### BibTeX

@MISC{Subrahmanyam_,

author = {K B Subrahmanyam and K R V Kaza},

title = {},

year = {}

}

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### Abstract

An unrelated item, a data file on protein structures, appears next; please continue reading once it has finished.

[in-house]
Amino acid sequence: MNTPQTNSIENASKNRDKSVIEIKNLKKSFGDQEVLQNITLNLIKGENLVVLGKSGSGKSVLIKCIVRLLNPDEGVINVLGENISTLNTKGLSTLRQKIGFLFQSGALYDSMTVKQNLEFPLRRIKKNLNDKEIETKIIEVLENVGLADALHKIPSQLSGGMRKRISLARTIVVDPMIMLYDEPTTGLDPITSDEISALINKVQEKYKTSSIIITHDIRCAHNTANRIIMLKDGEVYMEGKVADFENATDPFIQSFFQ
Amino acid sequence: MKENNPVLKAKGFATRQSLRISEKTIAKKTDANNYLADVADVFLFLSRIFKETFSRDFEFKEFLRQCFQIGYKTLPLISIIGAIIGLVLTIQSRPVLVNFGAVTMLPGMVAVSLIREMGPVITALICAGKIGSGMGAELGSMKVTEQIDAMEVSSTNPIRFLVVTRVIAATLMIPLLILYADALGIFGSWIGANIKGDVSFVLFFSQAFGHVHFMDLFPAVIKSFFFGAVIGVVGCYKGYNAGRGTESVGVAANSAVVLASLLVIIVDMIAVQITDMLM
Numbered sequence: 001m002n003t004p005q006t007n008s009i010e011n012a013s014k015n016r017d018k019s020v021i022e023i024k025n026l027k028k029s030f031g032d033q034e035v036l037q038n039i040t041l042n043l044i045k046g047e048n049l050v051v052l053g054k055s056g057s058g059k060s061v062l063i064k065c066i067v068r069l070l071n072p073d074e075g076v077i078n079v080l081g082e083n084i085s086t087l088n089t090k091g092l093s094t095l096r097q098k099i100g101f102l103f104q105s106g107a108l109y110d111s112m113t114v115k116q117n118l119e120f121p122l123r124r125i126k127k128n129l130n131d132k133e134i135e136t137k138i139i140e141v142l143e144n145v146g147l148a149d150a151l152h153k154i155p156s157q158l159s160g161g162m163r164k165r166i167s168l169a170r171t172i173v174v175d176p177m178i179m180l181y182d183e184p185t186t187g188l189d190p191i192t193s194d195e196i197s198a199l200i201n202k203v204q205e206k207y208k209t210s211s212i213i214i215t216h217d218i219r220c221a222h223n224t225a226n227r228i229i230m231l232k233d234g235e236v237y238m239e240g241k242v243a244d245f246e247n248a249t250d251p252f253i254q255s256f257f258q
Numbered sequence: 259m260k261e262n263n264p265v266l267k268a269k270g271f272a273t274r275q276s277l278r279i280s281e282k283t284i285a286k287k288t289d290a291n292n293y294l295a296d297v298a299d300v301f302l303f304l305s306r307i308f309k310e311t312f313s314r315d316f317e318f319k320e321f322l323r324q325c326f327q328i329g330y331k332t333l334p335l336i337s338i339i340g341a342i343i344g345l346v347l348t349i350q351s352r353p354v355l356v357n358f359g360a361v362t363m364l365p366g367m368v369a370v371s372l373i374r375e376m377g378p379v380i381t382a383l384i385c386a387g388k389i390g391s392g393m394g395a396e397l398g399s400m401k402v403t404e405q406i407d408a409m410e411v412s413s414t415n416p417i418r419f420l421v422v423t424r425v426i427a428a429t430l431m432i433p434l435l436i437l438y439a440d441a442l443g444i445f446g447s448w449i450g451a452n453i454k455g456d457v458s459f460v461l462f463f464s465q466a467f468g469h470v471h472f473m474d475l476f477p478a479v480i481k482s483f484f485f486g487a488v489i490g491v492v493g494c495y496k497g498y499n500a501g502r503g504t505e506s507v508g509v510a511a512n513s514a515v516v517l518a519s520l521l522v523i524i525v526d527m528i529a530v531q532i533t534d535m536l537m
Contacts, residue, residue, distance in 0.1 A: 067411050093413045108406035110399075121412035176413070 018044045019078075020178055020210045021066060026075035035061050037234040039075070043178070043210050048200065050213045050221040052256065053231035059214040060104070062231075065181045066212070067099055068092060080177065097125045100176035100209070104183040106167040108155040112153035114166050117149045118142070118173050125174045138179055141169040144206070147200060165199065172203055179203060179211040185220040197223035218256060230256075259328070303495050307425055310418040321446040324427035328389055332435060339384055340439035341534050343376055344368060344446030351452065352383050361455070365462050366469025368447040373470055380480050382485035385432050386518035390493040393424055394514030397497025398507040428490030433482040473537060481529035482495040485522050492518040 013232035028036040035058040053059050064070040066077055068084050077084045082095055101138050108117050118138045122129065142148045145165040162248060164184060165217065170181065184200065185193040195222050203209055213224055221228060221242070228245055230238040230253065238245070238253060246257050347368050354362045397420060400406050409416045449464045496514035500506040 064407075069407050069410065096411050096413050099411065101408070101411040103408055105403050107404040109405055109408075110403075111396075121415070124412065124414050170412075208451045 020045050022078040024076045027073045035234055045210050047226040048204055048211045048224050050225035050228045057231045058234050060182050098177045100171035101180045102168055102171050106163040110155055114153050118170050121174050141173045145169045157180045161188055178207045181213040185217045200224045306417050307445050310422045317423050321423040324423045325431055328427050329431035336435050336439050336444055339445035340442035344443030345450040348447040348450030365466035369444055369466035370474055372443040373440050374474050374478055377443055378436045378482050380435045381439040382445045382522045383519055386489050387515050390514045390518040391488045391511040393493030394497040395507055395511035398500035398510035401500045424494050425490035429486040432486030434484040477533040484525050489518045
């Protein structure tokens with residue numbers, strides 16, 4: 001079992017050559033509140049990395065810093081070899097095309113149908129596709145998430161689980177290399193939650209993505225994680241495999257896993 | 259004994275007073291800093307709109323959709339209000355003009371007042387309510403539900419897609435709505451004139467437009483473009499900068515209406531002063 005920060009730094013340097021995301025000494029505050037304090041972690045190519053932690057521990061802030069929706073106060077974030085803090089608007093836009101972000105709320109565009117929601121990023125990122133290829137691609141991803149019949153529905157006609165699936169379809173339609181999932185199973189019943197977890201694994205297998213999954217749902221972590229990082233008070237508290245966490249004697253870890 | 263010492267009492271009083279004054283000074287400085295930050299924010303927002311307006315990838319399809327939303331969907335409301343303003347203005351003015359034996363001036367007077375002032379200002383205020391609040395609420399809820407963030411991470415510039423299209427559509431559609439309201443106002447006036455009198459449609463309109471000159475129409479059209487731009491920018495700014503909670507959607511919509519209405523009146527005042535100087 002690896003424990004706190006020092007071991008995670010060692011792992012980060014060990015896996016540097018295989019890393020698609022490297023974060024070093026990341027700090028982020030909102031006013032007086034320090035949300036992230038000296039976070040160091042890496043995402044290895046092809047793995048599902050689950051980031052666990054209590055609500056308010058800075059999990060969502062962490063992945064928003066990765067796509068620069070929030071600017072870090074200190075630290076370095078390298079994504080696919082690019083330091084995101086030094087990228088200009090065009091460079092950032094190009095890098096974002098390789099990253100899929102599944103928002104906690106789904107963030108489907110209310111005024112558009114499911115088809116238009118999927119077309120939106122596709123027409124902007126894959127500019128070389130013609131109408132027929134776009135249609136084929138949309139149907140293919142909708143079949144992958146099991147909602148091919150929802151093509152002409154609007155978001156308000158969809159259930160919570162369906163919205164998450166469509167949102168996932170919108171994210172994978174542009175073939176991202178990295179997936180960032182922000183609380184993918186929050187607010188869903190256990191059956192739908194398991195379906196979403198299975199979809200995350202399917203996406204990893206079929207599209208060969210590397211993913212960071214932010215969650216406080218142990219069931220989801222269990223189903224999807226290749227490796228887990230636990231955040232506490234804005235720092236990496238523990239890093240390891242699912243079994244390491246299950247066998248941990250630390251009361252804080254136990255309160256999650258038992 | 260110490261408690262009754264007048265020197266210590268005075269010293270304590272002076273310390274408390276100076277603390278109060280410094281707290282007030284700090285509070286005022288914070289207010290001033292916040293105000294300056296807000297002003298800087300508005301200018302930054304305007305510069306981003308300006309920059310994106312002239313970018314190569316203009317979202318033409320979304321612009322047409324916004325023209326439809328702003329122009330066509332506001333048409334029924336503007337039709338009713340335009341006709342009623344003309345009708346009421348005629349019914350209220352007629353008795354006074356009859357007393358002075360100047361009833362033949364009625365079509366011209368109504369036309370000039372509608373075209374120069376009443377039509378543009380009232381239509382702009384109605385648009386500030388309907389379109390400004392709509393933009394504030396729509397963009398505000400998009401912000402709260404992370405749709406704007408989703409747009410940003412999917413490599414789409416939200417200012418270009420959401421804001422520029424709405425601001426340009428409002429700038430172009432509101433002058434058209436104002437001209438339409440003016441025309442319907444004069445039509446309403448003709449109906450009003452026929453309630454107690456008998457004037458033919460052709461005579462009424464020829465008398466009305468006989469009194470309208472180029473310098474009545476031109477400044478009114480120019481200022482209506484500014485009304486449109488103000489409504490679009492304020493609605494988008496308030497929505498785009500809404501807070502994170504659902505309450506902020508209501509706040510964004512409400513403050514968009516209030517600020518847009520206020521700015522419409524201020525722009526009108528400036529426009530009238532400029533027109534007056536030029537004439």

Vibration and Buckling of Rotating, Pretwisted, Preconed Beams Including Coriolis Effects The effects of pretwist, precone, setting angle and Coriolis forces on the vibration and buckling behavior of rotating, torsionally rigid, cantilevered beams are studied in this investigation. The beam is considered to be clamped on the axis of rotation in one case, and off the axis of rotation in the other. Two methods are employed for the solution of the vibration problem: one based upon a finite-difference approach using second-order central differences for solution of the equations of motion, and the other based upon the minimum of the total potential energy functional with a Ritz type of solution procedure making use of complex forms of shape functions for the dependent variables. Numerical results obtained by using these methods are compared to those existing in the literature for specialized simple cases. Results indicating the individual and collective effects of pretwist, precone, setting angle, thickness ratio, and Coriolis forces on the natural frequencies and the buckling boundaries are presented and discussed. Furthermore, it is shown that the inclusion of Coriolis effects is necessary for blades of moderate-to-large thickness ratios while these effects are not so important for small thickness ratio blades. Finally, the results show the possibility of buckling due to centrifugal softening terms for large values of precone and rotation. Introduction An important phase in the development of advanced turboprop blades currently in progress at the Lewis Research Center is the development of analytical blade models that are capable of predicting the vibration and flutter characteristics to aruacceptable degree of accuracy. The turboprop blades are of thin cross sections with large, variable sweep and pretwist, and are mounted on a rotating hub at a setting angle. Moreover, the blades are subjected to considerable centrifugal loading and develop steady-state deflections that are large compared to the cross-sectional dimensions. These blades, under certain conditions are subjected to centrifugal compressive forces on certain cross sections, and consequently the possibility of buckling cannot be ruled out. The recent research in the vibration and flutter of these blades indicate that the effects of nonlinearities, variable sweep, and pretwist must be included in the analysis for accurate prediction of the blade dynamic characteristics. The finite-element modeling of these blades is appropriate for the determination of their dynamic characteristics. However, such studies with the existing codes showed that the predicted results are satisfactory only for the first few modes and that the complicating effects included in these theories make the understanding of the individual and collective effects of the governing parameters impossible. These considerations have led to the modeling of the turboprop blade configurations using the simpler beam theories with the complicating effects successively taken into account to establish a physical understanding and to reveal the relative importance of the individual effects. A preliminary part of such study using a simplified beam model with a set of linear equations of motion is reported in this paper. In the beam model the effects of sweep on the dynamic behavior of the blade are introduced by setting the axis of the blade at an angle with respect to the plane of rotation. This angle is usually called the precone angle. The more complicated nonlinear aspects form the subject matter of a subsequent paper. An examination of the existing literature using beam theories indicates that several aspects of the vibration and buckling of rotating beams mounted off the axis of rotation were considered by several investigators Frequency Equation by Second-Order Finite-Difference Method The linear set of coupled bending-bending equations of motion for a torsionally rigid slender beam The specific objectives of the present paper are: (1) to solve the pretwisted, preconed rotating cantilever blade vibration problem allowing for the Coriolis effects for two cases of root clamping, that is, on the axis, and off the axis of rotation; and (2) to study the effects of pretwist, precone, setting angle, Coriolis forces, and the ratio of the principal moments of interia on the vibration frequencies and buckling boundaries. Two methods of solution are employed: (a) a finite difference procedure using second-order central differences for the solution of the governing equations of motion and, (b) the total potential energy functional and the Ritz type solution using complex shape functions for the dependent variables. The present solution methods provide a positive check on the accuracy of the results for untwisted blade cases in that the finite difference procedure gives close lower-bound solutions while the potential energy method gives upper-bound results. Further validation of the results is accomplished by comparing the present results to closed-form exact solutions wherever possible. The solution methods and parametric results provide a sufficient insight for further extensions of the present effort to account for blade sweep and second-degree nonlinearities in the analysis. Nomenclature •*{«(-£-')^)*""N"»»(T--')} It may be noted that the last two terms in equations (1) and (2) are shown with ±/=F signs. For a cantilever blade case with root clamping on the periphery of a disk of radius R and the blade protruding radially outward, the upper sign is to be taken. For the case with root clamping on the rim of a ring of radius R and the blade protruding radially inward, the lower sign is to be assumed. It is of interest to examine the coupled bending-bending equations and point out the various important terms arising due to the inclusion of precone. It may be seen that in equation (1), the term (-w sin 2 /3 Pc ) appears due to the inclusion of preconing which is a softening term. Even for the case of a rotating beam protruding radially outward and under centrifugal tension, the effect of this term is to reduce the effective stiffness, thereby providing the mechanism for instability at reasonably large values of precone and rotational speed. It may also be noted that the Coriolis terms, which are under lined in equations In seeking a solution by using a finite-difference procedure, one substitutes the finite-difference expressions for the derivatives into the differential equations, for any arbitrary station j inside the beam domain. When the beam is divided into n segments, j varies from 0, 1, 2, . . . to n, the clamped end being denoted by 0 and the free end by n. A set of n equations are written by successively assigning values for j from 1 to n. As can be seen from the expressions for the derivatives of an arbitrary variable ^ at the station j in terms of the secondorder central differences given in the appendix, one has to eliminate the evaluation of the functions at the fictitious stations outside the beam namely w_ 2 , w_,, w n+l , w" +2 , w" +3 , v^2, v~i> v" +l , v" +2 , and v" +3 . This can be accomplished by using the boundary conditions together with the recursive relations developed and discussed in detail in where ml, vol, CI, kl, k2, k3 and k4 are square matrices of order n x n each, [ w) and (t>) are column matrices containing the vector w lt w 2 . . . w"; v x , v 2 . . . v" and 0 is null matrix. For brevity elements of these matrices are not presented here. Equation Equation Assuming x = x"e^', equation where, A* = /A, i = V^T and p = ~ ifh (10) The eigenvalues of equation • • p", -p"',n being the order of M, C and K. However, eigenvectors for equations Frequency Equation by Using Energy Functionals The Lagrangian functional for a rotating, pretwisted, preconed blade including Coriolis effects but disregarding nonlinear effects can be derived from In equation (11), the last term is shown with =F/± signs as before with the convention that the upper sign is to be taken for the cantilever blade case with root clamping on the periphery of a disk and the blade protruding outward, while the lower sign is to be assumed for the case with root clamping on the rim of a ring and the blade protruding radially inward. In order to formulate the frequency equation through the Ritz process, shape functions for the variables w and v are assumed in the following complex form since the out-of-phase Coriolis effects are also included in the analysis where Aj, B jt Cj, Dj are the undetermined arbitrary real parameters in the shape functions, fj is the polynomial function defined as fj- The shape functions assumed here satisfy the boundary conditions v = w = w' = y' =0 at ij=0 and The real and imaginary parts of the shape functions are substituted into the Lagrangian functional separately, the indicated integrations are performed, the resulting functional is time averaged in the traditional manner and the Ritz process is 142/Vol. 108, APRIL 1986 Transactions of the ASME The resulting equations can be written in the following form of the eigenvalue problem after transformations similar to those described in the previous section are made: C+pD=0 where C and D are complex matrices. (17) Results and Discussion The eigenvalue problems defined by equations (9) and (17) were solved by using computer programs developed in FOR-TRAN language. These programs were run on IBM and CRAY computers at the NASA Lewis Research Center. Use was made of standard eigenvalue extraction routines Convergence. The relative convergence rates produced by the finite-difference method using second-order central dif- 144/Vol. 108, APRIL 1986 Transactions of the ASME ferences, and the potential energy method were obtained for several configurations of rotating blade cases. A typical set of such results are presented in Finally, for all the vibration and stability problems reported in this work, solutions were obtained by using the upperbound potential energy method with k = 8, and the usually lower-bound finite-difference method with n = 30. In view of the close agreement between these two sets of results observed Journal of Vibration, Acoustics, Stress, and Reliability in The effect of pretwist on nonrotating blade frequencies predicted by beam theories is well understood in the published literature. The frequencies presented in The effect of rotation on the coupling trends of pretwisted blades is illustrated in Next, the effects of pretwist and precone on rotating blade frequencies are considered. Some typical results are presented in Coriolis effects disregarded. Coriolis effects included. of pretwist, and those in 2 The effect of precone in the absence of Coriolis effects 4 The effect of varying pretwist for a given thickness ratio and precone angle are presented in 5 The effect of increasing the precone angle for low thickness ratio pretwisted blade case is shown in Buckling of Rotating Blades Mounted off the Axis of Rotation. A geometric arrangement giving rise to rotationally induced radial forces which are compressive rather than tensile is shown in An examination of the published work reveals that most of the problems in the different analytical approaches were due to some convergence problems of the solution procedure adopted. These were overcome by alternative solution methods 2 An increase in the pretwist angle for a given value of setting angle <p moves the stability boundary toward left. That is, for a given rotational speed, buckling occurs at a lower value of R for increasing 7 at a given <p. 3 An increase in the setting angle <p for a given pretwist has similar effect as discussed in (2) above. 4 For nonzero pretwist, all curves tend to meet at R = 0 as the rotational parameter, fi/Xj, tends to infinity. 5 For large values of d/b, there is a marked change in the stability boundary. Comparing <p = 0 deg, 7=15 deg curve with <p = 0 deg, 7 = 0 deg curve presented in The effects of precone, pretwist and Coriolis forces on the critical speed for causing instability are presented in Conclusions Parametric studies were conducted to ascertain the individual and collective effects of pretwist, precone, setting angle, Coriolis forces, and blade thickness ratio on the vibration frequencies and buckling boundaries of rotating beams. Two methods of solution for studying blade vibration and stability were used, namely, a finite difference procedure based upon second-order central differences that usually produces close lower-bound solutions, and the potential energy method that produces close upper-bound solutions. Results obtained by using these two methods were found to be in excellent agreement. Further validation of the present results was accomplished by comparisons to results in the literature for specialized simple cases. The parametric results show that the inclusion of Coriolis effects is necessary for blades of moderate-to-large thickness ratios while these effects are not so important for small thickness ratio blades. Thus, the linear Coriolis terms associated with precone may be neglected in the dynamic analysis of advanced turboprop blades. However, the effect of Coriolis terms in the presence of second-degree nonlinear terms is yet to be assessed. For a given thickness ratio and pretwist, an increase in rotational speed has a destabilizing effect for large precone angles. For a given thickness ratio and aspect ratio, an increase in pretwist angle has a stabilizing effect for precone angle less than 45 deg, and a destabilizing effect for precone angles greater than 45 deg. For a beam mounted off the axis of rotation, the pretwist and setting angle 148/Vol. 108, APRIL 1986 Transactions of the ASME have a significant influence on rotation-induced buckling instability. However, this influence depends markedly on the blade thickness ratio. The parametric results presented in this work are believed to be useful for future comparisons of theoretical solutions including sweep and nonlinear effects, and thereby ascertaining the importance of these complicating effects. References 1 Mostaghel, N., and Tadjbakhsh, I., "Buckling of Rotating Rods and Plates," International Journal of Mechanical Sciences, Vol. 15, No. 6, 1973, pp. 429-434. 2 Lakin, W. D., and Nachman, A., "Unstable Vibrations and Buckling of Rotating Flexible Rods," Quarterly of Applied Mathematics, Vol. 35, No. 4, Jan. 1978, pp. 479-493. 3 Lakin, W. D., and Nachman, A., "Vibration and Buckling of Rotating Flexible Rods at Transitional Parameter Values," Journal of Engineering Mathematics, Vol. 13, 1979, pp. 339-346. 4 White, W. F. Jr., Kvaternik, R. O., and Kaza, K. R. V., "Buckling of Rotating Beams," International Journal of Mechanical Sciences, Vol. 21, No. 12, 1979, pp. 739-745. 5 Wang, J. T. S., "On the Buckling of Rotating Rods," International Journal of Mechanical Sciences, Vol. 18, No. 7-8, 1976, pp. 407-411. 6 Kvaternik, R. G" White W. F., and Kaza, K. R. V., "Nonlinear FlapLag-Axial Equations of a Rotating Beam with Arbitrary Precone Angle," AIAA Paper, 78-491, 1978. 7 Peters, D. A., and Hodges, O. H., "In-Plane Vibration and Buckling of a Rotating Beam Clamped Off the Axis of Rotation," ASME Journal of Applied Mechanics, Vol. 47, No. 2, June 1980, pp. 398-402. 8 Sreenivasamurthy, S., and Ramamurthi, V., "Coriolis Effect on the Vibration of Flat Rotating Low Aspect Ratio Cantilever Plates," Journal of Strain Analysis, Vol. 16, No. 2, Apr. 1981, pp. 97-106. 9 Leissa, A., and Co, C, "Coriolis Effects on the Vibrations of Rotating Beams and Plates," Proceedings XII SECTAM Conference, Vol. II, Auburn Univ., AL, 1984, pp. 508-513. 10 Kaza, K. R. V., and Kvaternik, R. G., "Nonlinear Aeroelastic Equations for Combined Flapwise Bending, Chordwise Bending, Torsion, and Extension of Twisted Nonuniform Rotor Blades in Forward Flight," NASA TM-74059, 1977. 11 Subrahmanyam, K. B., and Kaza, K. R. V., "An Improved FiniteDifference Analysis of Uncoupled Vibrations of Tapered Cantilever Beams," NASA TM-83495, 1983. 12 Subrahmanyam, K. B., and Kaza, K. R. V., "Improved Methods of Vibration Analysis of Pretwisted Airfoil Blades," NASA TM-83735, 1984. 13 Gupta, K. K., "Free Vibration Analysis of Spinning Structural Systems," International Journal for Numerical Methods in Engineering, Vol. 5, No. 3, Jan.-Feb. 1973, pp. 395-418. 14 The International Mathematical and Statistical Library (IMSL), Houston, Texas, 1975. 15 Subrahmanyam, K. B., and Kaza, K. R. V., "An Improved FiniteDifference Vibration Analysis of Pretwisted, Tapered Beams," Proceedings of the XII Southeastern Conference, Vol. I, Auburn Univ., AL, 1984, pp. 118-126. 16 Richardson, L. F., "The Approximate Arithmetical Solution by Finite Differences of Physical Problems Involving Differential Equations, With an Application to the Stresses in a Masonry Dam," Philosophical Transactions, Royal Society of London, Series A, Vol. 210, 1911, pp. 307-357. 17 Salvadori, M. G., "Numerical Computation of Buckling Loads by Finite Differences," Proceedings of the American Society of Civil Engineers, Vol. 75, No. 10, Dec. 1949, pp. 1441-1475 18 Subrahmanyam, K. B., Kulkarni, S. V., and Rao, J. S., "Application of the Reissner Method to Derive the Coupled Bending-Torsion Equations of Dynamic Motion of Rotating Pretwisted Cantilever Blading with Allowance for Shear Deflection, Rotary Inertia, Warping and Thermal Effects," Journal of Sound and Vibration, Vol. 84, No. 2, Sept. 22, 1982, pp. 223-240. 19 Dokumaci, E., Thomas, J., and Carnegie, W., "Matrix Displacement Analysis of Coupled Bending-Bending Vibrations of Pretwisted Blading, '' Journal of Mechanical Engineering Science, Vol. 9, No. 4, Oct. 1967, pp. 247-254. 20 Rosard, D. D., "Natural Frequencies of Twisted Cantilever Beams," ASME Journal of Applied Mechanics, Vol. 20, No. 2, June 1953, pp. 241-244. 21 Leissa, A. W., Macbain, J. C, and Kielb, R. E., "Vibration of Twisted Cantilever Plates-Summary of Previous and Current Studies," Journal of Sound and Vibration, Vol. 96, No. 2, Sept. 22, 1984, pp. 159-173. 22 Using the expressions for the derivatives given by equations (Al) to (A3) and invoking the conditions of symmetry as discussed in w"+i-w"-i= 2 ( w '«-w"-i); y«+i-««-i=2(^"-u"_ 1 ) w" +2 -M'"_ 2 =4(M'"-w"_,); w" + 3-w"-3=6K,-M'"_ 1 ); Vn + 3-Vn-3=6(Vn-Vn-l) vc_! = W[, w_2 = ve 2 , y"! = v it v_ 2 = v 2 (A10) Equations (A7) to (AlO) can be used to eliminate the fictitious stations outside the beam domain.